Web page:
4. Discussion

The study’s goal was to observe and analyze performance of chickens—commercial dual-purpose hybrid and layer hybrids, and a native dual-purpose purebred breed—during the rearing and fattening period. The initial hypotheses were that (a) commercial dual-purpose chickens show a superior growth performance, and (b) the animal-based welfare indicators of chickens of the native dual-purpose breed indicate better adaptation to extensive fattening management. Although the first hypothesis is supported by the study’s results, the second hypothesis regarding welfare measurements reveals that native breeds might be less adaptable to an environment driven by production management goals.
Lohmann hybrids are used for food production globally, whereas RL are a native breed that was first described as a farm chicken for egg and meat production by Bruno Dürigen [22]. RL has never been bred for production environments because the main breeding objective, after solely hybrid lines were developed for egg and meat production, was the outer appearance. Most breeders use their animals as food, but carcasses are not marketed. Pure breeds are typically kept in groups of one cockerel and up to five hens under free-range conditions to retain optimal fertilization and awards in exhibitions. The difference in management between the usual husbandry for RL and an extensive commercial production is not in the technical but in the social environment. Maintaining larger groups appears to lead to a reduction of welfare indicators, particularly with regard to the emotional state captured by the body language of the animals.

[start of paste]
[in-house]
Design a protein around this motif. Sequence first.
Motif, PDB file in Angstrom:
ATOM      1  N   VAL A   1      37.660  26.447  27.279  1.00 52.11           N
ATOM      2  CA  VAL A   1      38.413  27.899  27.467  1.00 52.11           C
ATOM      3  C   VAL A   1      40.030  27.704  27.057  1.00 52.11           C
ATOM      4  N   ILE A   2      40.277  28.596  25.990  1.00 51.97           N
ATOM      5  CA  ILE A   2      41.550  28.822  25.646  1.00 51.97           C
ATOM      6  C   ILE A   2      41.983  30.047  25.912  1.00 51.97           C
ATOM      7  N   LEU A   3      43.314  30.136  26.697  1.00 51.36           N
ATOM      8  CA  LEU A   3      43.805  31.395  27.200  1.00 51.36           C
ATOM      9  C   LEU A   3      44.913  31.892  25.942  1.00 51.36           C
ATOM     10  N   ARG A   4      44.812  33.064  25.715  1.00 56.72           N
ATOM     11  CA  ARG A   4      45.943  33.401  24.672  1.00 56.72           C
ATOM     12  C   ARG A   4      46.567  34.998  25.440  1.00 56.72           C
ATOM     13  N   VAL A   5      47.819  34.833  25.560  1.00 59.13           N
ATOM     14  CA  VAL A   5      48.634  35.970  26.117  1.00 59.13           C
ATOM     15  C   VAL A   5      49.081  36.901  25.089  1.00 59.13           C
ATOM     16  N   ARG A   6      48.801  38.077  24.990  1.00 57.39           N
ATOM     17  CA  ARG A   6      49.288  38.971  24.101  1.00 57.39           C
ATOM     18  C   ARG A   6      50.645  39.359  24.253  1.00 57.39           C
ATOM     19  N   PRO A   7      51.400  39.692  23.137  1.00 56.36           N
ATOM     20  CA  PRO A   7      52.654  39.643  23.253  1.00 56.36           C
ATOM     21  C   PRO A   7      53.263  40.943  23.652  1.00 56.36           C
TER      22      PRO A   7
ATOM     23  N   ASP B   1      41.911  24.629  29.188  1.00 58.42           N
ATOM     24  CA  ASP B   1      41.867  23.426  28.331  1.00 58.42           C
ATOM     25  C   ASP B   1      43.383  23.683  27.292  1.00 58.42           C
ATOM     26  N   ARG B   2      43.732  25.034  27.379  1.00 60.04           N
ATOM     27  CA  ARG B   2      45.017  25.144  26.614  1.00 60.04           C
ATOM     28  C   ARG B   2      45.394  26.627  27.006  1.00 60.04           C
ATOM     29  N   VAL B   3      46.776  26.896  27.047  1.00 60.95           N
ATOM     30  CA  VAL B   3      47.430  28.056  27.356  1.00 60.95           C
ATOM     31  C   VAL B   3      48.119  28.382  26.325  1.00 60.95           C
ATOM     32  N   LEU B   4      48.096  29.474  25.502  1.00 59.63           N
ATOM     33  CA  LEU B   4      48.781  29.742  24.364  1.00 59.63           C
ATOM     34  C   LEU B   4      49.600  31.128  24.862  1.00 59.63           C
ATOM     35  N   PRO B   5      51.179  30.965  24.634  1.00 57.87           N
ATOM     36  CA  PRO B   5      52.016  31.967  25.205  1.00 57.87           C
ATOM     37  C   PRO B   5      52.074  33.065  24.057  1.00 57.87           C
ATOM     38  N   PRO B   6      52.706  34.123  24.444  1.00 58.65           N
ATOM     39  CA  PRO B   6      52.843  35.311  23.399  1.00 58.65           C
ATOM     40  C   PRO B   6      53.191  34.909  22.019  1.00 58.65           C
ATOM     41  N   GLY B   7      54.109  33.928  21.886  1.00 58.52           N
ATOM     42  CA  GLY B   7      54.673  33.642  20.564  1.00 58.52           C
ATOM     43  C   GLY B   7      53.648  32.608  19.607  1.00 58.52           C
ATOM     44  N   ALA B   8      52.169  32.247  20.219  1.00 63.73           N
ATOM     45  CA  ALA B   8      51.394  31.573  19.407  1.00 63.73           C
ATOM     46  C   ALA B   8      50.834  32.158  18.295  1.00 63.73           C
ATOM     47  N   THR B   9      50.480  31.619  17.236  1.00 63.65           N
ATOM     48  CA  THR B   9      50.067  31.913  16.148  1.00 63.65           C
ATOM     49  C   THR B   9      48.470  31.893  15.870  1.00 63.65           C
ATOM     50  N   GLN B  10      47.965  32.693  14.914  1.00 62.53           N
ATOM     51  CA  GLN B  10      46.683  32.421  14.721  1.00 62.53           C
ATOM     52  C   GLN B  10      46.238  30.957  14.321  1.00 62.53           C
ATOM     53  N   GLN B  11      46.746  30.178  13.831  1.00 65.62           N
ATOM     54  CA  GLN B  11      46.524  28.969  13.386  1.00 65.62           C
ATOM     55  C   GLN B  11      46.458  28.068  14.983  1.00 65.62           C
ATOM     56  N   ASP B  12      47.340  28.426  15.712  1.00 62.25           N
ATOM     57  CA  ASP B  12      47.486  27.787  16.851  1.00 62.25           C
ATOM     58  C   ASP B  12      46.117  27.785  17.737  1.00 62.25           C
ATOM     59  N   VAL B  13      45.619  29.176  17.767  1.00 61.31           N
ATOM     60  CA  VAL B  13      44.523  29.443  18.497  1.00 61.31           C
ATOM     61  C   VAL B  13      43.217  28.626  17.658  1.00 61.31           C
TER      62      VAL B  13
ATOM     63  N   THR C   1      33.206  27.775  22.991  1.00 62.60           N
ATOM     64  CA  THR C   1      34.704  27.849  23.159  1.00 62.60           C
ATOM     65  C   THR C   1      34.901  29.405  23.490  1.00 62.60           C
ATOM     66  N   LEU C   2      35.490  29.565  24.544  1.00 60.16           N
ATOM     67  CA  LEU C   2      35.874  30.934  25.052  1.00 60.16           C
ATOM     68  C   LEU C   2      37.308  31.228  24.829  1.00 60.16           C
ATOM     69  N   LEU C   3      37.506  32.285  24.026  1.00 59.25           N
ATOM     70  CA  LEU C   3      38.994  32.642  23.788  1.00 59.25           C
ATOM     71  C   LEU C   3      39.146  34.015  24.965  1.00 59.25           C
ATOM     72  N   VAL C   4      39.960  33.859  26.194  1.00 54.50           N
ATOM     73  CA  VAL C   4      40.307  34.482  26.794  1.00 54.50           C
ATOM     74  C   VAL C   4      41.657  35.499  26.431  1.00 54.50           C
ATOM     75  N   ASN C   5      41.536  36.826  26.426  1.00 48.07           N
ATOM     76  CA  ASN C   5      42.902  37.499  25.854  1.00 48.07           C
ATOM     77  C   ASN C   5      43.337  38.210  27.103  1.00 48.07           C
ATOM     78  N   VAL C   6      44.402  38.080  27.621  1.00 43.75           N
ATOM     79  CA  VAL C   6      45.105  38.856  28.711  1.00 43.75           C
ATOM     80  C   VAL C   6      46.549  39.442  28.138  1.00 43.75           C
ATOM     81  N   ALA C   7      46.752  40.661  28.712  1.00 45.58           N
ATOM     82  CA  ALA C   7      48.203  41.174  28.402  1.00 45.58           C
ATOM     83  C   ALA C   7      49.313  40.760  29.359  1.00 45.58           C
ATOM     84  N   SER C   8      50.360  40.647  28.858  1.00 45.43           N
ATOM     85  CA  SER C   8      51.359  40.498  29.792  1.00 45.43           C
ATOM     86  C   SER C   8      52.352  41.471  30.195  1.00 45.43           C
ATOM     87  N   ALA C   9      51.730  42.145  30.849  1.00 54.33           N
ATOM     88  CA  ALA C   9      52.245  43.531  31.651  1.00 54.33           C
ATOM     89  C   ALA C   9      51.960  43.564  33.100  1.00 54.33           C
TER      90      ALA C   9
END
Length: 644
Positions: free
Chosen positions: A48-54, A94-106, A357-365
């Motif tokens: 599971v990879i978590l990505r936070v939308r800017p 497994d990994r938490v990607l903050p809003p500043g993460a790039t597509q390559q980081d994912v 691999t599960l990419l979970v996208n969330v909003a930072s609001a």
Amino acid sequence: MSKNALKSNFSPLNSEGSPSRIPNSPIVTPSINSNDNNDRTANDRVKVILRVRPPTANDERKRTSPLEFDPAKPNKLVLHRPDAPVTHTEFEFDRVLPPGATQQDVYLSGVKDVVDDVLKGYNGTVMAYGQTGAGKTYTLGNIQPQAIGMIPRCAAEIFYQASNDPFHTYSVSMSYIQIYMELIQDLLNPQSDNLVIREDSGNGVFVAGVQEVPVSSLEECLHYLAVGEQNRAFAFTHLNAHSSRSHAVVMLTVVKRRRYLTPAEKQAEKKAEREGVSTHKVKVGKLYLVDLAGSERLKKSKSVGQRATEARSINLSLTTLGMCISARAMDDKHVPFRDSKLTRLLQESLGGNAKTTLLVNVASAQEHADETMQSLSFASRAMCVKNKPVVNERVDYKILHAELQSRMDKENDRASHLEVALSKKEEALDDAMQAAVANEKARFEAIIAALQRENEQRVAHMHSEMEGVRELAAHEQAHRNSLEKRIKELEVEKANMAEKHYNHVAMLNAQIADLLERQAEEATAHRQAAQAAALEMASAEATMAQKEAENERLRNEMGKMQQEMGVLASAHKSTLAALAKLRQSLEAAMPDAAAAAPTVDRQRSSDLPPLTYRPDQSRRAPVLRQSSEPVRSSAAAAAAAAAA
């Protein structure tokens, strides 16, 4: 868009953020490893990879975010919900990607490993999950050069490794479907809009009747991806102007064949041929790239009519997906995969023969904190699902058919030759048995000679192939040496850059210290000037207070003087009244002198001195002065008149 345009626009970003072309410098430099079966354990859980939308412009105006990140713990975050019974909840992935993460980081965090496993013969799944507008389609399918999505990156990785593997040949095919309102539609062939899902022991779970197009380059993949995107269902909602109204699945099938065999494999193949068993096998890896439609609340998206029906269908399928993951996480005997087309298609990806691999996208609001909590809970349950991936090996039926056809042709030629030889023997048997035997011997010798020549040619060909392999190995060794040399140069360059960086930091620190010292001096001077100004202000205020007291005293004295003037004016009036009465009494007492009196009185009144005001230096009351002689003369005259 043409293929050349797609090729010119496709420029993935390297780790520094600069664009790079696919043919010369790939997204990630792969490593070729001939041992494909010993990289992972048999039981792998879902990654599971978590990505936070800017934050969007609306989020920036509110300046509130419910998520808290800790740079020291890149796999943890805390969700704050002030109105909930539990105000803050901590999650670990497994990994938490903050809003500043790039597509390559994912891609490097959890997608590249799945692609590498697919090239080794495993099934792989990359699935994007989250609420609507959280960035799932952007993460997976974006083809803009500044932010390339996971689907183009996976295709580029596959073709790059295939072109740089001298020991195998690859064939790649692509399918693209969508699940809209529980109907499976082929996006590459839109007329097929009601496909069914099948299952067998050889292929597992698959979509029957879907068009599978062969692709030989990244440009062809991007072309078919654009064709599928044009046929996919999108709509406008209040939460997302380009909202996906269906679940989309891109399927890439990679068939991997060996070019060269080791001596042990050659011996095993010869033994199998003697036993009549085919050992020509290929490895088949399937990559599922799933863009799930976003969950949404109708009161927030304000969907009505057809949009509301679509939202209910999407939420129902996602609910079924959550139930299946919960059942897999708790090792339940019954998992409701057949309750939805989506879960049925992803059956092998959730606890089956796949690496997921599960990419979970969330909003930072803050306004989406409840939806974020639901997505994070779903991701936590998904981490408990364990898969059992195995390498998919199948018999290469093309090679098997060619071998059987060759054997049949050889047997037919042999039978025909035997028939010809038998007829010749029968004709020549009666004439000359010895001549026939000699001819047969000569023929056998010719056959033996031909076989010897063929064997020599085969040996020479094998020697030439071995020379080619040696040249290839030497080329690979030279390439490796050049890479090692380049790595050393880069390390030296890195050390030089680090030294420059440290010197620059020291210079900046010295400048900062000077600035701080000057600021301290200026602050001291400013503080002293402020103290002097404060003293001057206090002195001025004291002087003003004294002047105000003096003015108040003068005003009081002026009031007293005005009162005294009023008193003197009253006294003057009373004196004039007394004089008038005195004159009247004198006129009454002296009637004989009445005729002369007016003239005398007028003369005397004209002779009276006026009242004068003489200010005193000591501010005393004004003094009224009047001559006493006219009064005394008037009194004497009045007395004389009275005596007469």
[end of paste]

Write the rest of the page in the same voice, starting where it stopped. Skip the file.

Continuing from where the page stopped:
In this study, differences in total weight gain, daily weight gain, FCR, and EPEF were found among LD, LB, and RL. Although the (daily and total) weight gain of the LB and RL was similar, the LD weighed approximately 1200 g more than LB and RL at 20 weeks of life, as expected based on the breeding focus and previous studies. In the study of Mueller et al. [23], LD cockerels weighed 1740 g after 67 days of fattening with a conventional broiler diet, whereas cockerels of this study weighed 2565 g three days later at 70 days of fattening. In addition, LB remained below the measured weights of this study (2741 g), with weights of 2146 g at 18 weeks. These different results cannot be traced back to different feeding management approaches but might be due to changes in genetics, because LD are still a genetic line in progress. In the study of Kreuzer et al. [24], LD at 9 weeks reached comparable weights of 2127 g (compared to 2242 g here), as did LB with a weight of 1255 g (1320 g here). All studies unanimously report that performance of LB is lower than those of any other genetic line in focus, whereas for LD, some studies reported performance comparable with that of slowly growing broilers.